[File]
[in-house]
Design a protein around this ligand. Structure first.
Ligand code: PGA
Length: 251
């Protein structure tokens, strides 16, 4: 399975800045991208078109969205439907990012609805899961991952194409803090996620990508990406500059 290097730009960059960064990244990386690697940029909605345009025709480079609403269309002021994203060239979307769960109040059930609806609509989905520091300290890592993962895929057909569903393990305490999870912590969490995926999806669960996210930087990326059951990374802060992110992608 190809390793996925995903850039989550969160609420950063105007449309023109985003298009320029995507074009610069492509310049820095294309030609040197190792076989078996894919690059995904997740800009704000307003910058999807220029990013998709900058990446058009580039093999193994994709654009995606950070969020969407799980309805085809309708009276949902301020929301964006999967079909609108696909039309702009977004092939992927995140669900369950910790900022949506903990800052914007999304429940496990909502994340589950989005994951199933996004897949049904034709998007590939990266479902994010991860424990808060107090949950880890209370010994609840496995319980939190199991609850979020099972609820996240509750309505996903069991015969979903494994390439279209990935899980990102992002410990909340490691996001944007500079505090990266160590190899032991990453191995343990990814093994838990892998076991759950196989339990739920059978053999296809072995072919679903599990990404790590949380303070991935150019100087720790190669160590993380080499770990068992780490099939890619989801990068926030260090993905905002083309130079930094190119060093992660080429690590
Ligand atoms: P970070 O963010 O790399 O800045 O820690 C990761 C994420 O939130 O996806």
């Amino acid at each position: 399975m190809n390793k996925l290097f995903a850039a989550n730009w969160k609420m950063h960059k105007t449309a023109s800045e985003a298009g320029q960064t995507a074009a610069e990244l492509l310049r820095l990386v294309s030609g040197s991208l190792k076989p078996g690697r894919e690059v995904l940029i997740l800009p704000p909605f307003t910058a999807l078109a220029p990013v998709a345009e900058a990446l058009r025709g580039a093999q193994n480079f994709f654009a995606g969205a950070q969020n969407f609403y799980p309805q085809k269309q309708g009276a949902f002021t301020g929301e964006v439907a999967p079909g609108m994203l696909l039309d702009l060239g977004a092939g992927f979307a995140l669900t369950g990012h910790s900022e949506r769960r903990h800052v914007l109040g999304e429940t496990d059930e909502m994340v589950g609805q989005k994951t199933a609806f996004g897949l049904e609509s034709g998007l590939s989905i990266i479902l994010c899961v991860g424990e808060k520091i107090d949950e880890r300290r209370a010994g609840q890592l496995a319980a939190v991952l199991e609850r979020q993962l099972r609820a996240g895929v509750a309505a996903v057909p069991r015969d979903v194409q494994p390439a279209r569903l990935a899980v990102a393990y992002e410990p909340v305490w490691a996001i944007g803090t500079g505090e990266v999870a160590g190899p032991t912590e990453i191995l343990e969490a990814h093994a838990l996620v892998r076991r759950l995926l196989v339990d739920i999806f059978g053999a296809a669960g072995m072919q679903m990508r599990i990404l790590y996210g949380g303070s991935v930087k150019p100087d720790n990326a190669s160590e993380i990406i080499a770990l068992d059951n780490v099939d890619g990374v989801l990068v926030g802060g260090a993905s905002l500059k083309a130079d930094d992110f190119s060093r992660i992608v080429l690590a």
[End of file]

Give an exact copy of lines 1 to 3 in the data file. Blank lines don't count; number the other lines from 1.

[in-house]
Design a protein around this ligand. Structure first.
Ligand code: PGA